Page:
Cinematographer Ed Lachman (“Carol,” “Far From Heaven”), who was also at the NYFF premiere last week, was a student of Anderson’s and the film’s cinematographer David Prince. After the screening, Lachman spoke to IndieWire about the approach to filmmaking on the Athens, Ohio campus.
“The film department only existed because of the football department, who owned a film processing machine and 16mm cameras we could use,” said Lachman. “It was this very open classroom where Joe exposed us to all these films we had never seen before – you really could feel that influence of European films of the time watching that film tonight. Joe made his films with his students. He thought we should be out filming in areas around Athens, not unlike the Italians after the war. I worked on his next film after this one, ‘America First.’ It was one of the most exceptional experiences I had and really formulated my interest and approach to filmmaking.”
Soon after completion, “Spring Night, Summer Night” had the good fortune to have one very influential champion, who Miller said he and Anderson believed would help “Spring Night, Summer Night” find a distributor: Willard Van Dyke, who saw the film while he was guest lecturing in the Midwest, was a well-respected anthropological filmmaker out of the WPA era and, in 1968, the head film programmer at Museum of Modern Art in New York.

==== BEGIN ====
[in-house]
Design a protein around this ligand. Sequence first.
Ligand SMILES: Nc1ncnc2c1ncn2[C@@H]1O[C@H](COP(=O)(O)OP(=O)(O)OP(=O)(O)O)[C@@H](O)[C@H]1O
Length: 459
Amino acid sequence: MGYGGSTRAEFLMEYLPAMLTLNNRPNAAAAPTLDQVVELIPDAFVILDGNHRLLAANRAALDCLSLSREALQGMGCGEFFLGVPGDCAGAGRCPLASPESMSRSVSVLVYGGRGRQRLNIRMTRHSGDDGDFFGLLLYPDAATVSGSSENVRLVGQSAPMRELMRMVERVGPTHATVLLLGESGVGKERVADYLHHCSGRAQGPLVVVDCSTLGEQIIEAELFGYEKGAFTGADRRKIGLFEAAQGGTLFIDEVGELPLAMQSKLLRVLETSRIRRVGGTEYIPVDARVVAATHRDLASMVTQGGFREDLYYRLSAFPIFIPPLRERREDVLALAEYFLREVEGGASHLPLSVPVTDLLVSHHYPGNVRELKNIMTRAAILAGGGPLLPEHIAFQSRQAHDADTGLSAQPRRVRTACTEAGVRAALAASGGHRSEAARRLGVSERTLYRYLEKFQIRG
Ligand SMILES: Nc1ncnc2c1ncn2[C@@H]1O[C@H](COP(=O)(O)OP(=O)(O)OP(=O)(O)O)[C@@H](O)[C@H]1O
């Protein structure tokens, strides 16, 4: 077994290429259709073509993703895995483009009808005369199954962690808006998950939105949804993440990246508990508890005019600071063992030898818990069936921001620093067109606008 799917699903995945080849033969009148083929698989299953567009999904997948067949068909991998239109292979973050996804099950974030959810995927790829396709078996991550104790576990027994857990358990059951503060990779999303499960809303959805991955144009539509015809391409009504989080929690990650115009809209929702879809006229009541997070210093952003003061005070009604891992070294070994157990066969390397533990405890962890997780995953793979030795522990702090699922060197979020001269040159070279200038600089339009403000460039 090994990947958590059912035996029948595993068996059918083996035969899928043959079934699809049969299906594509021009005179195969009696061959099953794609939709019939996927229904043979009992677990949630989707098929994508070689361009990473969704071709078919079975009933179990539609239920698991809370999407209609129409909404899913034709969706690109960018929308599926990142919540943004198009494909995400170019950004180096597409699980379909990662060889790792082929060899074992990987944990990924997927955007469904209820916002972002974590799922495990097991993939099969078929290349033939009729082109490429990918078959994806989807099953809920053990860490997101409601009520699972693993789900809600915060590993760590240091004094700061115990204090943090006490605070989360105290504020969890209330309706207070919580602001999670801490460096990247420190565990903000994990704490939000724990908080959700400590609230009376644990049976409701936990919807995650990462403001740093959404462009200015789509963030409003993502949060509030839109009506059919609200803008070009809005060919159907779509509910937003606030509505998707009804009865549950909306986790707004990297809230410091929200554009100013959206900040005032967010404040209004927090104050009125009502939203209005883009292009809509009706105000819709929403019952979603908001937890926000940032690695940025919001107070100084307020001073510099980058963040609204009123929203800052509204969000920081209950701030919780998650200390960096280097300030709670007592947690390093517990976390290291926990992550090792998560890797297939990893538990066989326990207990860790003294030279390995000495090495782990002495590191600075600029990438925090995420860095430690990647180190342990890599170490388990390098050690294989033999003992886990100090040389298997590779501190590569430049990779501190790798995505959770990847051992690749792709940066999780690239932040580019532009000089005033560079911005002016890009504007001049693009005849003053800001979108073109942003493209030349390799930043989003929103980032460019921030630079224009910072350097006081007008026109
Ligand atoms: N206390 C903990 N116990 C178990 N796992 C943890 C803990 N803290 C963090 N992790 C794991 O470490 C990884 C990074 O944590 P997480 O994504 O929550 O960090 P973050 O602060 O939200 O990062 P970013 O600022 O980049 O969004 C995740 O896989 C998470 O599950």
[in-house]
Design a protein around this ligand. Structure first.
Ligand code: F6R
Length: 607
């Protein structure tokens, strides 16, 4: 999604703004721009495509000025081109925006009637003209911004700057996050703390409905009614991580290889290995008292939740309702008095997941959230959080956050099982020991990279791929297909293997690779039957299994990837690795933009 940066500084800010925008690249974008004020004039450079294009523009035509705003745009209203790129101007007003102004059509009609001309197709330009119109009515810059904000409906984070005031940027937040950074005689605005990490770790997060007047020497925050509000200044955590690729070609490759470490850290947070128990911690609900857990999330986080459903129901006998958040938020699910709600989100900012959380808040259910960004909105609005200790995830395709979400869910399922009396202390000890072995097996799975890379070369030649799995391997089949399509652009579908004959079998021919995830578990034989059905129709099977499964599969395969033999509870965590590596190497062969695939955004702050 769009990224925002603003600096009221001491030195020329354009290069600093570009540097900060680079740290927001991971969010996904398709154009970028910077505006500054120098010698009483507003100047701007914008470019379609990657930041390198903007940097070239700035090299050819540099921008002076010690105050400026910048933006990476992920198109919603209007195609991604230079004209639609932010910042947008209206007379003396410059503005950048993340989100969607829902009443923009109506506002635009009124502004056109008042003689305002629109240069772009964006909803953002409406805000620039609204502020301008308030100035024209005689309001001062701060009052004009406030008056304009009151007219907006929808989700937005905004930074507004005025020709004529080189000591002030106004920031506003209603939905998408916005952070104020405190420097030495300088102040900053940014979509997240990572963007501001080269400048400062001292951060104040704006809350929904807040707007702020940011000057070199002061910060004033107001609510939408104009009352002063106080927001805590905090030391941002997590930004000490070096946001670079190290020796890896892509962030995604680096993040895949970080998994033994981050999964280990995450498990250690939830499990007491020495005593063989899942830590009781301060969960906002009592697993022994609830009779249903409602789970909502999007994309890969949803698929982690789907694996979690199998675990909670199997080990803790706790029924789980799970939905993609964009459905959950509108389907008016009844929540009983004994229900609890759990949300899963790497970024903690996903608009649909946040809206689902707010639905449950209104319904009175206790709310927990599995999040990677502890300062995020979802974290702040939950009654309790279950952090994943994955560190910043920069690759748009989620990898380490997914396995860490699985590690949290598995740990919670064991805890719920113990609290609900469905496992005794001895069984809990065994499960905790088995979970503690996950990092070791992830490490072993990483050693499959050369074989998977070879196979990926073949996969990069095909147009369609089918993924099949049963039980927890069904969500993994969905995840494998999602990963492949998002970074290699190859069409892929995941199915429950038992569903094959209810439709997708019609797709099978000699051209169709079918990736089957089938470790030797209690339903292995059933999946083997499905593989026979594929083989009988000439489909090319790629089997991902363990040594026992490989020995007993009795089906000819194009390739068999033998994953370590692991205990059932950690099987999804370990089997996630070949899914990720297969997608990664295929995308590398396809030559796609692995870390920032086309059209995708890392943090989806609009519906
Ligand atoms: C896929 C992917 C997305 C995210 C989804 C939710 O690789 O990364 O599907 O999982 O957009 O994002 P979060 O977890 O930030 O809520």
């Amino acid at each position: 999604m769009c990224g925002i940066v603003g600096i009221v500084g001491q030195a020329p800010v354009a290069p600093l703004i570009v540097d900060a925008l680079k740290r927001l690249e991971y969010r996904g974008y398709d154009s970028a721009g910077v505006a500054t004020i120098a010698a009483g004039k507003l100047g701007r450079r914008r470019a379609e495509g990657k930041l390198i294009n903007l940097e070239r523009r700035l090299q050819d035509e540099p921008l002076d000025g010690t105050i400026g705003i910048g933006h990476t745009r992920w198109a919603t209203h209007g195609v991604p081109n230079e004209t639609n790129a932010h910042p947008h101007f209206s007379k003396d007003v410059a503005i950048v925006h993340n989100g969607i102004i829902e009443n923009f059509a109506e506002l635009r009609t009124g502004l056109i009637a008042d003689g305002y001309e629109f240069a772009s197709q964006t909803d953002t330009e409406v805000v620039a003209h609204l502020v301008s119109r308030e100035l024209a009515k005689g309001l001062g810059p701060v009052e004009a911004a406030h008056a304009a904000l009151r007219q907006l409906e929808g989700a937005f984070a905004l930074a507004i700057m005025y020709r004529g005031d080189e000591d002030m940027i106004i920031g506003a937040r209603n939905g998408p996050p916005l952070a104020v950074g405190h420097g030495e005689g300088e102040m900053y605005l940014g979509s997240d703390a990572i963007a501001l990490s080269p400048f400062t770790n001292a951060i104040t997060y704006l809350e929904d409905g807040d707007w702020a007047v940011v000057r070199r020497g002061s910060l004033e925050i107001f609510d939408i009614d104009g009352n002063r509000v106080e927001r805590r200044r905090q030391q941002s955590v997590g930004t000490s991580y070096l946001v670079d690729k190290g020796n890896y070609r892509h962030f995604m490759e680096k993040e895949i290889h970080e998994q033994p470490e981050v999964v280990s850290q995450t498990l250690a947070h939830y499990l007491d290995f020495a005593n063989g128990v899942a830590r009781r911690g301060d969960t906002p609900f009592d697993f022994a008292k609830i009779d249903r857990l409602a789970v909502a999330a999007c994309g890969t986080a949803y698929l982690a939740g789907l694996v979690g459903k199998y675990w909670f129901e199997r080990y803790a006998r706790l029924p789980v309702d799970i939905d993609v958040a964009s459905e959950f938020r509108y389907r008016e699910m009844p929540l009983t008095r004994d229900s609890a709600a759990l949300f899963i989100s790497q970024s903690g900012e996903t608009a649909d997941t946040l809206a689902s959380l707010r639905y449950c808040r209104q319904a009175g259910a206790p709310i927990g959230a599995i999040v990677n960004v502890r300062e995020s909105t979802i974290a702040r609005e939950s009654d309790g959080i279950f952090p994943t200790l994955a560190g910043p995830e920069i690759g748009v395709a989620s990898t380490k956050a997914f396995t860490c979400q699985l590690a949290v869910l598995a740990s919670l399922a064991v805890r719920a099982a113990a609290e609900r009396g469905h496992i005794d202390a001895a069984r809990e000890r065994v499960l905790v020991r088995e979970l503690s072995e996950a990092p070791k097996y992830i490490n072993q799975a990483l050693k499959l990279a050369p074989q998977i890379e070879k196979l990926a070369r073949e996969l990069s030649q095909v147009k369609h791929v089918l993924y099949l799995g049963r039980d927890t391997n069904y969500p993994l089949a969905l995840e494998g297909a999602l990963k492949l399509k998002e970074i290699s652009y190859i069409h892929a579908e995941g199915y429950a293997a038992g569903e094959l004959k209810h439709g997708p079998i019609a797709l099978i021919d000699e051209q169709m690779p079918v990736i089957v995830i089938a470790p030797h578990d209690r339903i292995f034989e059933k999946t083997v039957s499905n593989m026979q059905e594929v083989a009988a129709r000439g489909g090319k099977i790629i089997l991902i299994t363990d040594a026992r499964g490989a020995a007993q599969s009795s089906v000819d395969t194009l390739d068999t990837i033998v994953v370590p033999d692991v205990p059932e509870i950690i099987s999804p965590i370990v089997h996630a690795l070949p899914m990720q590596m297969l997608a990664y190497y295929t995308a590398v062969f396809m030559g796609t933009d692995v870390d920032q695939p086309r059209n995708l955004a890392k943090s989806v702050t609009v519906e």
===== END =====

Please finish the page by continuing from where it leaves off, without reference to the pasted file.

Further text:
“Willard Van Dyke was blown away and immediately showed it to distributors,” said Conheim. “Then it never did make it into the New York Film Festival because it was bumped to make way for ‘Faces,’ and that was the extent of its American screenings. That’s the heartbreaker of it all, that’s where it should have really taken off. I don’t know what they were thinking. Maybe, ‘We only have room for one sort of independent black and white relationship movie.'”
Miller told the NYFF crowd that after Van Dyke struck out finding them a distributor, the only offer was from Joseph Brenner Associates, who specialized in exploitation films.
“It’s so embarrassing,” said Miller. “[Brenner] immediately wants to re-edit the movie and shoot more shots of the naked women to put in it and get it onto the screen with the name ‘Miss Jessica Is Pregnant’ — which is striking, because there’s nobody named Jessica in movie.”